Giving your pooch a healthy dog treat is a great way to reward good behaviour and share a nice moment! However, there are a few basic rules you should respect to ensure your healthy dog treats are suitable and avoid your pooch gaining weight.

A Few Basic Rules

It's easy to go overboard, even with healthy dog treats! Remember that they should only be given as “little extras” outside of meals, and therefore do not constitute comprehensive feed. Beware of excess weight gain! Healthy dog treats should never be abused, so to make sure you're using them correctly, here are the key things to watch out for:

  • Quantity: To avoid a dietary imbalance, if necessary, you can slightly reduce the amount of food you give your dog in their regular meals on days you want to give them a healthy dog treat.

  • Adapt the healthy dog treat to the animal: If healthy dog treats are the primary source of motivation in your dog training, plan something light, such as a small piece of dried meat (see our recipe below), or simply a small portion of their daily food ration distributed as a reward. This helps to keep their diet balanced, and you can easily distribute the remaining amount between their meals.

  • Choose the right ingredients: Certain toxic ingredients should be avoided (such as chocolate, onion, potatoes, and even avocado). Other than this, watch out for “homemade” healthy dog treats sold in supermarkets, as these don't always have the best composition and can often lead to various issues like weight gain or digestive disorders.

Beware of Dried Liver!

Dried liver is an increasingly “fashionable”, natural, and super tasty treat, sold commercially as a “homemade” healthy dog treat. So, why be wary of it? Because these small pieces of fat, which smell delicious to our furry friends, are hyper-concentrated in vitamin A! They contain almost 3 to 4 times more vitamin A than a piece of raw liver of the same size. Just 10g of dried liver is enough to meet the daily needs of a dog who weighs between 15 and 20kg! If you give your dog any more than that, they will soon reach an overdose.

Generally, dogs are pretty tolerant of an excess of vitamin A. However, it's not something you want to make a habit of because an overdose can lead to skeletal calcification, pain, lethargy, reluctance to move, and persistent lameness of one or both forelimbs. In both dogs and cats, too much or too little vitamin A can cause skin disease. The clinical signs of skin disease include hair loss, a dull coat, excessive dryness, and an increase in skin infections. So this vitamin is not to be played with!

Our Healthy Dog Treat Recipes

👉 Beef Heart and Coconut Meatballs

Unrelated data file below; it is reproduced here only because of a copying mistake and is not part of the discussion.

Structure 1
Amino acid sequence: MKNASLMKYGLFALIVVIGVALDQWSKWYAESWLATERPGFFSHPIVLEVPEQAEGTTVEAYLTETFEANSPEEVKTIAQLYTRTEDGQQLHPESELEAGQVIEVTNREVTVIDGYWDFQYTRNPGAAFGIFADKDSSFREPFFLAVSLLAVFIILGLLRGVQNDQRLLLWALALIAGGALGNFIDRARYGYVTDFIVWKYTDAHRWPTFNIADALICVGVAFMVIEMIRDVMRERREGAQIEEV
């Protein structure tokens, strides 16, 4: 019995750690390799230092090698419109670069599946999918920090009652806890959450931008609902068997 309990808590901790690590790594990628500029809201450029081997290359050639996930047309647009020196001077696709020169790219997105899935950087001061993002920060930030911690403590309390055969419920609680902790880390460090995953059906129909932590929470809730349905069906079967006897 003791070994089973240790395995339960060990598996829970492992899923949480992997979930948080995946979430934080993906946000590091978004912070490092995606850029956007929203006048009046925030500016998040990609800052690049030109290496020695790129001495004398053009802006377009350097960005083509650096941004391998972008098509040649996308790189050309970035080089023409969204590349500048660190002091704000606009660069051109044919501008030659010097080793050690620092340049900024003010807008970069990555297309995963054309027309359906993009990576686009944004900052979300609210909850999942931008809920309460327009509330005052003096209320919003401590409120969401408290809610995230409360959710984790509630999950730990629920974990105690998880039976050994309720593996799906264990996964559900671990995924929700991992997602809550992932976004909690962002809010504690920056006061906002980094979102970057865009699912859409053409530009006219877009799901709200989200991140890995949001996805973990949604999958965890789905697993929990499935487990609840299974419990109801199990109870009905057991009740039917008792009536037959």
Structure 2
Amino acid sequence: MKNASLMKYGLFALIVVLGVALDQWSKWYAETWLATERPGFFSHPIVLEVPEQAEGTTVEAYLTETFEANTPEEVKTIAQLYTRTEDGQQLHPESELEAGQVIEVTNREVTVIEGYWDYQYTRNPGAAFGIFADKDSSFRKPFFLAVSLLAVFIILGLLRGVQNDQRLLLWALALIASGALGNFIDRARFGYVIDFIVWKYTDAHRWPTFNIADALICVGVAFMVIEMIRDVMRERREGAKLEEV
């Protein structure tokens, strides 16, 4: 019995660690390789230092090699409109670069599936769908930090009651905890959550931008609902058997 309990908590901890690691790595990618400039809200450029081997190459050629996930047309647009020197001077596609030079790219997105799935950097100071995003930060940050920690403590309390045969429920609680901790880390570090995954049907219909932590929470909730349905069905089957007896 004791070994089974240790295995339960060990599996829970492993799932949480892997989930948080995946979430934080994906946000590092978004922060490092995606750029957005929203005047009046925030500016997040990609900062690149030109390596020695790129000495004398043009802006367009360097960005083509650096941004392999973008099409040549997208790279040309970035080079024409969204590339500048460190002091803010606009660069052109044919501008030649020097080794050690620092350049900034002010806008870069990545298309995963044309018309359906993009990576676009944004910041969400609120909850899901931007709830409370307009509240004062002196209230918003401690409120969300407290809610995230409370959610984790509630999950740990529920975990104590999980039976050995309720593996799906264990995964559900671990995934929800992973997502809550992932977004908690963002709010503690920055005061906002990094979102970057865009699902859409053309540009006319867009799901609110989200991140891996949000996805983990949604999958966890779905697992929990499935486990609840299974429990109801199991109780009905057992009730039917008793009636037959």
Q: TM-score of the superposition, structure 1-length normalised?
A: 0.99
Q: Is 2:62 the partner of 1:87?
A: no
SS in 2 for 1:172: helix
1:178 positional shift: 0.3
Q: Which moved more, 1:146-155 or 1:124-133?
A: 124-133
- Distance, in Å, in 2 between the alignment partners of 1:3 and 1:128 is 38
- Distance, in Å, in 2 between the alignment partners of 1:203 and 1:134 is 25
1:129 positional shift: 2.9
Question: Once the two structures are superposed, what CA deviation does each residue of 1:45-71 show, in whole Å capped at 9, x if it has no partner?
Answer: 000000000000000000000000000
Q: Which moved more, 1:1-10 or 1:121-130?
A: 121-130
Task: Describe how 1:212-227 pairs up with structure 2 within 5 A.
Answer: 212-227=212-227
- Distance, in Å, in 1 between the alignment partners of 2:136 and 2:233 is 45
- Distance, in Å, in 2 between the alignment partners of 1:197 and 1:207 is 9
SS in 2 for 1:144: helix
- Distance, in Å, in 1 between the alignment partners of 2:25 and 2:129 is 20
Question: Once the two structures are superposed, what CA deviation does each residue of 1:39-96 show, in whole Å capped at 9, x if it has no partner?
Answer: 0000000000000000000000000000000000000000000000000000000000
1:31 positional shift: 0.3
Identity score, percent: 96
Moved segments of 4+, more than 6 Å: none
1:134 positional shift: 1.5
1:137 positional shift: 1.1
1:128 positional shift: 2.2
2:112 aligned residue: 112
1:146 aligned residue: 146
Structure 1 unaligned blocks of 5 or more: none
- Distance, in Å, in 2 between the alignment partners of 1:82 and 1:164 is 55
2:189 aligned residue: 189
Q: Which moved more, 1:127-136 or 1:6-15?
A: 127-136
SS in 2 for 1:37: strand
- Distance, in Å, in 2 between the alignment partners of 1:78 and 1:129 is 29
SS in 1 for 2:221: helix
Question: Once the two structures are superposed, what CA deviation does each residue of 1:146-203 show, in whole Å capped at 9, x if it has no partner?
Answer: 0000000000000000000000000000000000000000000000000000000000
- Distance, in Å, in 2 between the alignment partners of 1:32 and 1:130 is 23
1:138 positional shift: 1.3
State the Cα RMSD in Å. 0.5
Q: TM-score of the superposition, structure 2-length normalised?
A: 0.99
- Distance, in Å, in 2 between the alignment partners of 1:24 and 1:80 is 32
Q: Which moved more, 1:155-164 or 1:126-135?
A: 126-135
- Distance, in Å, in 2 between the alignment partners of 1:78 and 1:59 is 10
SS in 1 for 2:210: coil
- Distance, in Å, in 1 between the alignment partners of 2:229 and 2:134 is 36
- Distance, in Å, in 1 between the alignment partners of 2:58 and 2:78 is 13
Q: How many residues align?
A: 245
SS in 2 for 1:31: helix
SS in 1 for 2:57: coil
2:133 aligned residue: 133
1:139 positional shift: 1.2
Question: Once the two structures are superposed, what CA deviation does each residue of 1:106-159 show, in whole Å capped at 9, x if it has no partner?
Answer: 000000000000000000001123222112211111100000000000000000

- 200g minced beef heart

- 100g coconut flour

- 1 fresh egg

- 30cl milk or 50cl kefir

  1. Mix everything well, adding more milk or flour if required to achieve the desired consistency. Then, form into meatballs.

  2. Bake for 20 to 30 minutes at 180°C.

→ The meatballs will keep in the refrigerator for 3 to 4 days. Store in the freezer to keep for longer.


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👉 Dried Meat or Fish Fillets: Light, Practical, and Super Tasty

- Meat or fish: as much as you like!

  1. The key to this recipe is to slice your chicken fillet—beef heart, salmon steak, or even tinned sardines (well rinsed, of course!)—as finely as possible.

  2. Be careful to remove as much fat as possible, as it tends to oxidise and cause the meat to go rancid once dried.

  3. Place the pieces on a sheet of baking paper on a metal grill. We recommend that you use a grill rather than a baking sheet, as it allows the heat to diffuse. Bake at 80°C for 5 to 6 hours. Don't panic if your red meat turns a little black: this is completely normal.

If you can, invest in a dehydrator! This small machine allows you to prepare dried fruit, meat, or vegetable snacks for you and healthy dog treats for your furry friend!

→ Once your healthy dog treats are well dried, you can store them for about ten days in a glass jar.

👉 Banana Crunchies

If you have ripe bananas at home and you're sick of banana bread, here's another use for them! Meat-free but just as healthy and tasty, these little cupcakes make a delightful healthy dog treat!

- 2 ripe bananas

- 4 heaped tbsp kefir or plain yoghurt

- 8 heaped tbsp almond powder

  1. Thoroughly mix all the ingredients.

  2. Shape the mixture into mini loaves.

  3. Bake for 1 hour at 160°C.

  4. Leave to cool for about 20 minutes then cut each "loaf" in half.

  5. Put them back in the oven for 1 hour at 120°C.

→ Keep for a maximum of 3-4 days in the refrigerator. You can also freeze them if you want to keep them for longer (2 to 3 months).

👉 Tuna and Brewer's Yeast Crackers

- 1 small tin of tuna in brine

- 125g breadcrumbs

- 30g spelt flour

- 2 tbsp sunflower or olive oil

- 1 egg white

- 1 to 2 tsp brewer's yeast

- Flour for dusting

  1. Thoroughly mix the ingredients until you obtain a smooth dough. You can add the tuna brine or a little water if necessary to reach the desired consistency.

  2. Preheat the oven to 180°C.

  3. Dust your work surface with flour, then roll out the dough to about 0.5cm thick.

  4. With a knife or cookie cutter, cut into small round or diamond shapes.

  5. Cover your baking sheet with baking paper and place the dough shapes on top.

  6. Bake for about 15 to 20 minutes then leave to cool and dry gently.

→ The crackers will keep in the refrigerator for ten days or 2 to 3 months in the freezer.


By the Hector Kitchen medical and scientific team


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